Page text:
Hydrogen, Ammonia and Methanol
Commercial green ammonia, hydrogen and methanol bunkering facilities do not yet exist anywhere on the planet, but various pilot projects are being developed, mainly in Europe and Asia. They represent the holy grail of shipping decarbonization. If green ammonia and methanol are delivered to vessels safely and under reasonable prices, then zero emission shipping becomes a reality.
We have recently covered how low carbon marine fuels represent huge opportunities por developing countries in general, and Latin in America in particular. Shipping companies are eager to see “a move forward in the fuel supply side”, as Maersk’s Head of Americas Operations Lars Nielsen recently told us in an exclusive interview.
Hydrogen, besides being a standalone contender as a marine fuel, is also a key input for future net zero emission fuels. Green ammonia can be obtained from hydrogen through the Haber-Bosch process and e-methanol can also be obtained from hydrogen, using CO2 from carbon capture or atmospheric filtering.
For this reason, future zero emission marine fuels are directly linked to the hydrogen economy.
Over the last few months, key announcements place two countries at the forefront of shipping decarbonization in Latin America: Chile and Brazil.
Firstly, the Chilean Ministry of Energy has signed MoUs with Singapore’s Trade and Industry counterpart (in February) and with the Port of Rotterdam (in March), both relating to the development of the green hydrogen infrastructure and trade. The scopes are broad and any concrete results are far into the future, but the agreements provide a clear indication. They are the first governmental materializations of Chile’s Green Hydrogen Strategy, published in November 2020 with objective goals and action plans, the first country to do so in Latin America.
In the private sector, a landmark project is under development in the Magallanes Region, headed by HIF (an affiliate of AME), in partnership with Enel, Enap, Siemens, Porsche and Siemens Energy. The wind-to-hydrogen pilot plant will later produce e-methanol using CO2 filtered from the atmosphere. The project is budgeted at USD 38 million. However, the developers are aiming at the export market and no plans have been put forward regarding local bunkering infrastructure yet.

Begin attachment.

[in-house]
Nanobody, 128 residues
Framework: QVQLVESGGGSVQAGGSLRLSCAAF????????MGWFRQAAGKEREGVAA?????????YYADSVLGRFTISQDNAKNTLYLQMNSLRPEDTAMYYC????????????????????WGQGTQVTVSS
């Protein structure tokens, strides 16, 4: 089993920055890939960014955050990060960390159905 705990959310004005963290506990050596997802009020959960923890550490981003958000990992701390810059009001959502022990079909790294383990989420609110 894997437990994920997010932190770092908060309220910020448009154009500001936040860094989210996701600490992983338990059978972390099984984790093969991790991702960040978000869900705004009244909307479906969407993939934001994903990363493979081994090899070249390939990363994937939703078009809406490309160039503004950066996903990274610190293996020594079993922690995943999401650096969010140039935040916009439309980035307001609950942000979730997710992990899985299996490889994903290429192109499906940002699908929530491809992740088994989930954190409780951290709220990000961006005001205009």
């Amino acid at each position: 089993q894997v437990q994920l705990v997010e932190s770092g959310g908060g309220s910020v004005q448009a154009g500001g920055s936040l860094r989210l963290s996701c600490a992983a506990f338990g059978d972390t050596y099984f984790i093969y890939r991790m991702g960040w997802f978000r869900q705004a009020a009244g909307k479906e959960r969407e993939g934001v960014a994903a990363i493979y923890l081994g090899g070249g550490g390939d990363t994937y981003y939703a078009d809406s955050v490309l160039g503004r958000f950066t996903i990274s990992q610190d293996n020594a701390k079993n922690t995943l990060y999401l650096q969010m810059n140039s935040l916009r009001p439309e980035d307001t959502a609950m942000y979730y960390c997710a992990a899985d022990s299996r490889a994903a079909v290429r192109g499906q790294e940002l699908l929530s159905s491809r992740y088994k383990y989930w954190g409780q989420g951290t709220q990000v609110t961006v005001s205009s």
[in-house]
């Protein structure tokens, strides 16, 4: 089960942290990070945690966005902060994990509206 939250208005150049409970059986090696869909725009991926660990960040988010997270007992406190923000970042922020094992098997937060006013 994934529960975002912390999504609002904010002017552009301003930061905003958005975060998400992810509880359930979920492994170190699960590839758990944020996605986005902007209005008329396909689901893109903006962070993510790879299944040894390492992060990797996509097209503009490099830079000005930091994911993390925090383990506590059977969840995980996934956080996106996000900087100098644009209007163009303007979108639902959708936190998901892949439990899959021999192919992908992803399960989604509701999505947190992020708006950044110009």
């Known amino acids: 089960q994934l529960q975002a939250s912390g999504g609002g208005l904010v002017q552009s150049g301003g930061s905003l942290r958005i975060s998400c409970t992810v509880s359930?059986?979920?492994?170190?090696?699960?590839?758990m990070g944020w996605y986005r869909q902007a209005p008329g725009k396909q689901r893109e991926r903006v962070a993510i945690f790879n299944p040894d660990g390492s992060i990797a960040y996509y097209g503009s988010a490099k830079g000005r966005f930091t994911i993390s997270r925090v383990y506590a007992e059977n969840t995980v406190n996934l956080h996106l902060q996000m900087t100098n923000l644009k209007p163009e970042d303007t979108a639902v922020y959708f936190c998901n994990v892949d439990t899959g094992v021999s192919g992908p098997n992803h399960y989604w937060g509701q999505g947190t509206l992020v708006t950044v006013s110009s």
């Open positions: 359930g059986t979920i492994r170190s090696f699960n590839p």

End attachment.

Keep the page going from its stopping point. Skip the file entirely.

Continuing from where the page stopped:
Secondly, the already mentioned Porto do Açu in Brazil, despite heavy investments in oil and gas, is also showing a growing appetite for the green energy transition. The port signed two back-to-back MoUs with Equinor (in February) and Fortescue Future Industries (in March). The first agreement covers renewable power generation, while the second, the development of a green hydrogen plant. They are part of a comprehensive plan called Açu Greenport.
Maritime South covers the plan in an exclusive interview with Tessa Major, Director International Business & Innovation at Porto do Açu. The executive points out that the concept is about “the combination of renewable energy with standardized port business and industrialization” and “ensuring we are aligned with the vision of the world going forward”.
Despite clearer indications in Chile and Brazil for greenfield projects, current methanol and ammonia port facilities could also be modified to become future marine bunkering hubs. DNV AFI data maps 32 ammonia or methanol existing terminals in Latin America. The leaders are Mexico and Trinidad & Tobago, with 7 each. However, most facilities produce ammonia and methanol from natural gas and therefore are brown projects with a heavy carbon footprint.
There is plenty of availability of biomass in most Latin American countries. Until today, however, the local biofuel industry is primarily focused on the automotive market and, increasingly, on the potential of the aircraft fuel market. The maritime market is likely to follow suit, especially after the promising results from biofuel shipping trials that have been popping up all over the world. In Latin America, this is yet to materialize.
Some companies still remain skeptical. A Porto do Açu representative, for example, comments: “Regarding the energy produced by biomass, there’s a discussion about its classification as clean energy”.
Electric Propulsion, Shore Power
Although shore power port availability and electric vessels are virtually nonexistent in Latin America, this is about to change as early as 2022. Hidrovias do Brasil just yesterday placed an order for a pair of diesel battery hybrid pushers. They will be the first such vessels in the world.
However, the company will install shore power only in its own terminals in northern Brazil and the vessels are, after all, diesel hybrids. A broader deployment of shore power in ports throughout Latin America and of pure battery electric ships (inland vessels and ferries) is yet to be seen.
It is too soon to predict if the Hidrovias do Brasil pushboats will start a larger trend or just be a lone wolf like the ferry Francisco has been for 7 years now. Yet, the number and scale of the projects has become too vast to be ignored. The low carbon marine fuel transition took a while to take off in Latin America, but it is now well under way.